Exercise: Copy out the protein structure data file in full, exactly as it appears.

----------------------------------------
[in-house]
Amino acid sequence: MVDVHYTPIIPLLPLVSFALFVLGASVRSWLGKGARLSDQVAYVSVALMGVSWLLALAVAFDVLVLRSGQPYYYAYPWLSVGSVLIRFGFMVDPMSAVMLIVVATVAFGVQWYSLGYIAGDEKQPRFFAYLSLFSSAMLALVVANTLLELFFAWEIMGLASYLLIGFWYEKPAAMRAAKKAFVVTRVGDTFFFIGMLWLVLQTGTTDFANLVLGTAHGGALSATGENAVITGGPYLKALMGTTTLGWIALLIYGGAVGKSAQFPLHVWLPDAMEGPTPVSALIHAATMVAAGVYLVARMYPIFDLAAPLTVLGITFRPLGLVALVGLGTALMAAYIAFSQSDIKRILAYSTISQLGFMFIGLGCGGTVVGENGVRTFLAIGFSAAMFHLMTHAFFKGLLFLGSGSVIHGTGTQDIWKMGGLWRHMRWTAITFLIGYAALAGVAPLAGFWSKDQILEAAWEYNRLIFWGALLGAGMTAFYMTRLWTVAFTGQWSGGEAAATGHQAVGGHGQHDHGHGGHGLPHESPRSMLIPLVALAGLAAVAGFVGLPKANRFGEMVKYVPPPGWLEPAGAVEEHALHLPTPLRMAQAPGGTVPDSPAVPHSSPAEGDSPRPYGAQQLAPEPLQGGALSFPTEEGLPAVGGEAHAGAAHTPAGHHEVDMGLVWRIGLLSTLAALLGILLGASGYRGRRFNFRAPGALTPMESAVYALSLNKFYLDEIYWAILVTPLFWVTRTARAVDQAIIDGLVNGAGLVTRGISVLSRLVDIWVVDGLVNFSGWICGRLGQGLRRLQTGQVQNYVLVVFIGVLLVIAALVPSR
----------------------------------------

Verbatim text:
[in-house]
Amino acid sequence: MVDVHYTPIIPLLPLVSFALFVLGASVRSWLGKGARLSDQVAYVSVALMGVSWLLALAVAFDVLVLRSGQPYYYAYPWLSVGSVLIRFGFMVDPMSAVMLIVVATVAFGVQWYSLGYIAGDEKQPRFFAYLSLFSSAMLALVVANTLLELFFAWEIMGLASYLLIGFWYEKPAAMRAAKKAFVVTRVGDTFFFIGMLWLVLQTGTTDFANLVLGTAHGGALSATGENAVITGGPYLKALMGTTTLGWIALLIYGGAVGKSAQFPLHVWLPDAMEGPTPVSALIHAATMVAAGVYLVARMYPIFDLAAPLTVLGITFRPLGLVALVGLGTALMAAYIAFSQSDIKRILAYSTISQLGFMFIGLGCGGTVVGENGVRTFLAIGFSAAMFHLMTHAFFKGLLFLGSGSVIHGTGTQDIWKMGGLWRHMRWTAITFLIGYAALAGVAPLAGFWSKDQILEAAWEYNRLIFWGALLGAGMTAFYMTRLWTVAFTGQWSGGEAAATGHQAVGGHGQHDHGHGGHGLPHESPRSMLIPLVALAGLAAVAGFVGLPKANRFGEMVKYVPPPGWLEPAGAVEEHALHLPTPLRMAQAPGGTVPDSPAVPHSSPAEGDSPRPYGAQQLAPEPLQGGALSFPTEEGLPAVGGEAHAGAAHTPAGHHEVDMGLVWRIGLLSTLAALLGILLGASGYRGRRFNFRAPGALTPMESAVYALSLNKFYLDEIYWAILVTPLFWVTRTARAVDQAIIDGLVNGAGLVTRGISVLSRLVDIWVVDGLVNFSGWICGRLGQGLRRLQTGQVQNYVLVVFIGVLLVIAALVPSR